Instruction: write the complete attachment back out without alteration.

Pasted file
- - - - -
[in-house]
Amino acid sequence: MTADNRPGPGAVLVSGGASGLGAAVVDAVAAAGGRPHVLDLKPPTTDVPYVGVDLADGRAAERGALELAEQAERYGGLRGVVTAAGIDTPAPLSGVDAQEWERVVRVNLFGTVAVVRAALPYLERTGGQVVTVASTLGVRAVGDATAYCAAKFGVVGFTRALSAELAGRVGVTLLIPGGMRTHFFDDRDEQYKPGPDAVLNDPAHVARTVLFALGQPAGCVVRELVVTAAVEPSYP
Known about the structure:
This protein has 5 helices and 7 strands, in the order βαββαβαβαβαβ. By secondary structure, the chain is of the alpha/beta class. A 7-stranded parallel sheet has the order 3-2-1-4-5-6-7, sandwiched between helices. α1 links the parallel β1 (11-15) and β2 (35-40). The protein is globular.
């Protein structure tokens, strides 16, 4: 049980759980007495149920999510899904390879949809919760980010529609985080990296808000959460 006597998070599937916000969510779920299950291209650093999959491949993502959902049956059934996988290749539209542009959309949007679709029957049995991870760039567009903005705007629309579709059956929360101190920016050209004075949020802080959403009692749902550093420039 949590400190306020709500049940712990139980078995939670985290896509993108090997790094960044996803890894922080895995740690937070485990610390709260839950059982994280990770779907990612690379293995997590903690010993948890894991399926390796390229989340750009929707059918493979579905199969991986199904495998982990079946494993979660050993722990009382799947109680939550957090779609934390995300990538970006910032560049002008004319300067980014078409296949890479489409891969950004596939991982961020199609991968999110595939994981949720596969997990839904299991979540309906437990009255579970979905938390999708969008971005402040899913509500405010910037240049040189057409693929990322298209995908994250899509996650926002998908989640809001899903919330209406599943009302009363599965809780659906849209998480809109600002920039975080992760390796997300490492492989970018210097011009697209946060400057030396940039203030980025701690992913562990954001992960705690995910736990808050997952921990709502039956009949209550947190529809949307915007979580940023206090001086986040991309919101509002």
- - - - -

[in-house]
Amino acid sequence: MTADNRPGPGAVLVSGGASGLGAAVVDAVAAAGGRPHVLDLKPPTTDVPYVGVDLADGRAAERGALELAEQAERYGGLRGVVTAAGIDTPAPLSGVDAQEWERVVRVNLFGTVAVVRAALPYLERTGGQVVTVASTLGVRAVGDATAYCAAKFGVVGFTRALSAELAGRVGVTLLIPGGMRTHFFDDRDEQYKPGPDAVLNDPAHVARTVLFALGQPAGCVVRELVVTAAVEPSYP
Known about the structure:
This protein has 5 helices and 7 strands, in the order βαββαβαβαβαβ. By secondary structure, the chain is of the alpha/beta class. A 7-stranded parallel sheet has the order 3-2-1-4-5-6-7, sandwiched between helices. α1 links the parallel β1 (11-15) and β2 (35-40). The protein is globular.
């Protein structure tokens, strides 16, 4: 049980759980007495149920999510899904390879949809919760980010529609985080990296808000959460 006597998070599937916000969510779920299950291209650093999959491949993502959902049956059934996988290749539209542009959309949007679709029957049995991870760039567009903005705007629309579709059956929360101190920016050209004075949020802080959403009692749902550093420039 949590400190306020709500049940712990139980078995939670985290896509993108090997790094960044996803890894922080895995740690937070485990610390709260839950059982994280990770779907990612690379293995997590903690010993948890894991399926390796390229989340750009929707059918493979579905199969991986199904495998982990079946494993979660050993722990009382799947109680939550957090779609934390995300990538970006910032560049002008004319300067980014078409296949890479489409891969950004596939991982961020199609991968999110595939994981949720596969997990839904299991979540309906437990009255579970979905938390999708969008971005402040899913509500405010910037240049040189057409693929990322298209995908994250899509996650926002998908989640809001899903919330209406599943009302009363599965809780659906849209998480809109600002920039975080992760390796997300490492492989970018210097011009697209946060400057030396940039203030980025701690992913562990954001992960705690995910736990808050997952921990709502039956009949209550947190529809949307915007979580940023206090001086986040991309919101509002």